Although the distinction between pre-execution and post-execution is irrelevant, since all of the contract drafting work is obviously pre-execution, it’s important to understand whether a “Contract Drafting Automation” tool refers to the drafting of an initial contract draft, or to drafting tasks that are part of the negotiation process, also referred to as Contract Redlining. As previously discussed, the redlining aspect of contract negotiation is complementary to the review tasks involved in it. Since the review and drafting tasks during negotiation are practically inseparable, and Legal Proofreading is also a stage of the pre-execution contract work, some companies in the legal tech space actually refer to all of these types of tools as drafting assistance tools.

The differences between these types of drafting tools are expressed not only in the stage in which they are used , but also in the technologies that power them. On the one hand, Contract Generation tools are mostly workflow automation platforms designed to help legal professionals build sets of rules that will generate all of the legal possibilities for a certain type of agreement. Contract Redlining software, on the other hand, apply textual generative technologies to tailor the language of a contract using substantial drafting suggestions at a deeper and detailed level. Because of that, Contract Generation software can be limited in scope and provide value in simpler types of agreements, while redlining software, if trained on enough datasets, could be useful even for complex transactions.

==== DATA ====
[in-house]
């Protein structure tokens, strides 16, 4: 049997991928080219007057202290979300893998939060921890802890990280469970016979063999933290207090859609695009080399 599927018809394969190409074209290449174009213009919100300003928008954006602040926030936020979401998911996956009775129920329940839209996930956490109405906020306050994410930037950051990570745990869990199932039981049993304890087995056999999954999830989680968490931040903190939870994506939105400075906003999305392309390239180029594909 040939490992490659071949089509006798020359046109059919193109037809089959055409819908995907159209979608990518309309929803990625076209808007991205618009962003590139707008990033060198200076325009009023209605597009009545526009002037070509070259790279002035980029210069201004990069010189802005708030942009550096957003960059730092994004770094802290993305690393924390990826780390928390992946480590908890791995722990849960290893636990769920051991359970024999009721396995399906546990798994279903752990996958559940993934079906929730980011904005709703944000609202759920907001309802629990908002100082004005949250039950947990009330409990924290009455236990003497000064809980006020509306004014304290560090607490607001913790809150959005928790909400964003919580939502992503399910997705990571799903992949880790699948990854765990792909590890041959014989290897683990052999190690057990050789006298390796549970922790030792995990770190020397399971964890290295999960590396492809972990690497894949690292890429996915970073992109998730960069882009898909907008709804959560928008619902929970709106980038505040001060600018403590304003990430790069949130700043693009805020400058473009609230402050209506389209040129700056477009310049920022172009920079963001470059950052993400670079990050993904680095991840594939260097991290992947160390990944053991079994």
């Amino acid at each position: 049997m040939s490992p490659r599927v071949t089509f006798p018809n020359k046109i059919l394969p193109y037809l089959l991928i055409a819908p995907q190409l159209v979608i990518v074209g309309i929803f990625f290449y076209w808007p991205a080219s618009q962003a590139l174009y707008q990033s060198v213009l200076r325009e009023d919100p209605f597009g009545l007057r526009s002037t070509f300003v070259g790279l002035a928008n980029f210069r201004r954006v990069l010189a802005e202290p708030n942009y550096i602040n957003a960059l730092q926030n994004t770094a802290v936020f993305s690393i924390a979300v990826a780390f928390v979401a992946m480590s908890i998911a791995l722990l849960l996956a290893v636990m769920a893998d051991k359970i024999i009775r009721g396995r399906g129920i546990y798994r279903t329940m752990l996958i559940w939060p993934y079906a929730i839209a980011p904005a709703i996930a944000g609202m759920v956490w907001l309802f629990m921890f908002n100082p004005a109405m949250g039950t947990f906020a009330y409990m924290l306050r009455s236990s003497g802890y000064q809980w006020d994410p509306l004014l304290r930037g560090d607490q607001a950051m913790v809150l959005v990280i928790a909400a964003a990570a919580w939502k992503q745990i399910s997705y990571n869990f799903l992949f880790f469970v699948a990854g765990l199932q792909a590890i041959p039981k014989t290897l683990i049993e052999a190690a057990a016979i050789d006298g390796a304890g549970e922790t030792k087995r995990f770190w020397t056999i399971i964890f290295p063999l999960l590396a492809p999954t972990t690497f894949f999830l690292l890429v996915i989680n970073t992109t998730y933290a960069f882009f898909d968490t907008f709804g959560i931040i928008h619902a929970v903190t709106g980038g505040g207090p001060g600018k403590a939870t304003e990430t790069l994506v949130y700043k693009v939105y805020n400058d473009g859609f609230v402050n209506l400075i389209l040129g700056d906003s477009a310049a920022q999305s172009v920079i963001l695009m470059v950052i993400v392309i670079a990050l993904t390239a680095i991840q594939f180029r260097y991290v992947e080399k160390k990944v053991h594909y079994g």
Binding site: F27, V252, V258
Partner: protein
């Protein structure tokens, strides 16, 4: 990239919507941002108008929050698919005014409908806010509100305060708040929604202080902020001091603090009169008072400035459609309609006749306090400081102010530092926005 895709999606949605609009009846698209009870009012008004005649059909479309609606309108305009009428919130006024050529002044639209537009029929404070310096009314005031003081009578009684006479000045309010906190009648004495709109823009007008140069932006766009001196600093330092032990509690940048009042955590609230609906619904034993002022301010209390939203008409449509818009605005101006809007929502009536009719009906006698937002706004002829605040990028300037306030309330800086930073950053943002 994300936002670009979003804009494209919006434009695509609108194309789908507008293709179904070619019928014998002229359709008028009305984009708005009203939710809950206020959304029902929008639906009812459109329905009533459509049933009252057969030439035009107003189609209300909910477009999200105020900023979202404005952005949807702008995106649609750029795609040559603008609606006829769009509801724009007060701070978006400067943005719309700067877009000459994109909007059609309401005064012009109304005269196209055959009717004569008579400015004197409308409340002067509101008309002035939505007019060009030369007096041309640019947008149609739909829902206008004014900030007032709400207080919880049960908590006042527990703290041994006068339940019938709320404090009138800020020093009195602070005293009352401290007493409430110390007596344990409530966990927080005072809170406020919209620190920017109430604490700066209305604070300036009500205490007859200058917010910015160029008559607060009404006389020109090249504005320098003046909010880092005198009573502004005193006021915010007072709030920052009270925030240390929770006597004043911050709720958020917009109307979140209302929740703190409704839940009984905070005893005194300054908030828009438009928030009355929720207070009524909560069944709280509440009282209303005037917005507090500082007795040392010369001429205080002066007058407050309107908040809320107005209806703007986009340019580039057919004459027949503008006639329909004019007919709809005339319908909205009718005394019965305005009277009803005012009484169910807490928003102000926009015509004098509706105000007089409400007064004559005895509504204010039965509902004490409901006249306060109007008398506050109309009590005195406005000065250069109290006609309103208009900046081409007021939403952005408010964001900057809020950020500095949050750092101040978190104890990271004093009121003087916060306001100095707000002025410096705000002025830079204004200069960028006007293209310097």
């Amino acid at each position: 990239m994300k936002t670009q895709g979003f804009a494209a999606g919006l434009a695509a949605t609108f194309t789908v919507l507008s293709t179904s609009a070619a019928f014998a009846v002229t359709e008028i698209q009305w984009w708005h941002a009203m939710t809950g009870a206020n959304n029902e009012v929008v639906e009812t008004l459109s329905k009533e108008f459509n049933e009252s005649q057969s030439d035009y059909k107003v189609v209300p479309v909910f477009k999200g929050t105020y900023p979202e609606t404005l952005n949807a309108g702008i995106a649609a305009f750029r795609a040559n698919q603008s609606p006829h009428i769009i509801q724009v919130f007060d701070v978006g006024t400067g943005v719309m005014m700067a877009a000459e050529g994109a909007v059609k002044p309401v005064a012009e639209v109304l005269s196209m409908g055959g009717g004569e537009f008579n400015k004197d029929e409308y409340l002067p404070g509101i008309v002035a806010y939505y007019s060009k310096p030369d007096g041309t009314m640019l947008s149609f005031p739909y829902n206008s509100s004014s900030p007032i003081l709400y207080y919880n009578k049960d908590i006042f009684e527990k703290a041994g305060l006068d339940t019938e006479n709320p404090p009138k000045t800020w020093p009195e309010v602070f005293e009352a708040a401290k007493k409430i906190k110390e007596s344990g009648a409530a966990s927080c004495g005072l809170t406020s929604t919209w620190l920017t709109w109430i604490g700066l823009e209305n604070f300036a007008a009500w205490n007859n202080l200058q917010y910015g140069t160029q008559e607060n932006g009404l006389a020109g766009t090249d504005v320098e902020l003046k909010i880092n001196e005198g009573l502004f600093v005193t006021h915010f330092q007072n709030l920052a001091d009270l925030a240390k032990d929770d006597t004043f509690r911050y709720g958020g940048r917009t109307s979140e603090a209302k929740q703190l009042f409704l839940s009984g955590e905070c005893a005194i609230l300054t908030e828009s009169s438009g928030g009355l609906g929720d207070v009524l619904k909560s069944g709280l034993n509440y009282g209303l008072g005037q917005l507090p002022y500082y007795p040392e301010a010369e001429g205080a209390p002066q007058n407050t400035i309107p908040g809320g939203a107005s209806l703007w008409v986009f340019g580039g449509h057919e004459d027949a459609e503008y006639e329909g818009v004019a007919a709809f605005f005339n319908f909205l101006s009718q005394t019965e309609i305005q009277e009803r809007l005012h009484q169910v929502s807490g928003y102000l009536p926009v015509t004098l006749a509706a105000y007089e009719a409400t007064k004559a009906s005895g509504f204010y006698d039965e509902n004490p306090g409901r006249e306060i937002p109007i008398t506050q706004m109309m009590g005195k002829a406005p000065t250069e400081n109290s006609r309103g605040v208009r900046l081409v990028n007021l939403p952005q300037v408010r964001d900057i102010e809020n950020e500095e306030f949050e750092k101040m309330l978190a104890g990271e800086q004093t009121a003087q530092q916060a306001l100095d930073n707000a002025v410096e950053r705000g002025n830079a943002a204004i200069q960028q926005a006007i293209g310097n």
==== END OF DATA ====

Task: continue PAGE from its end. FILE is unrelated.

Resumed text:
Final Words

The next time you hear about a contract review, analysis or drafting product, it’s better not to assume you know exactly what it does. The variety of technologies and use-cases that fit the same general categories is huge, so it’s just a matter of asking the right questions to understand whether a product could be a good fit for your organization.

About the Author

Omer Hayun is the Founder and Chief Executive Officer of Bestpractix, a legal technology startup developing a pre-execution contract negotiation platform that provides lawyers with smart drafting recommendations and streamlines their contract drafting and review. He is a former lawyer and a Natural Language Processing expert with a business and an engineering background.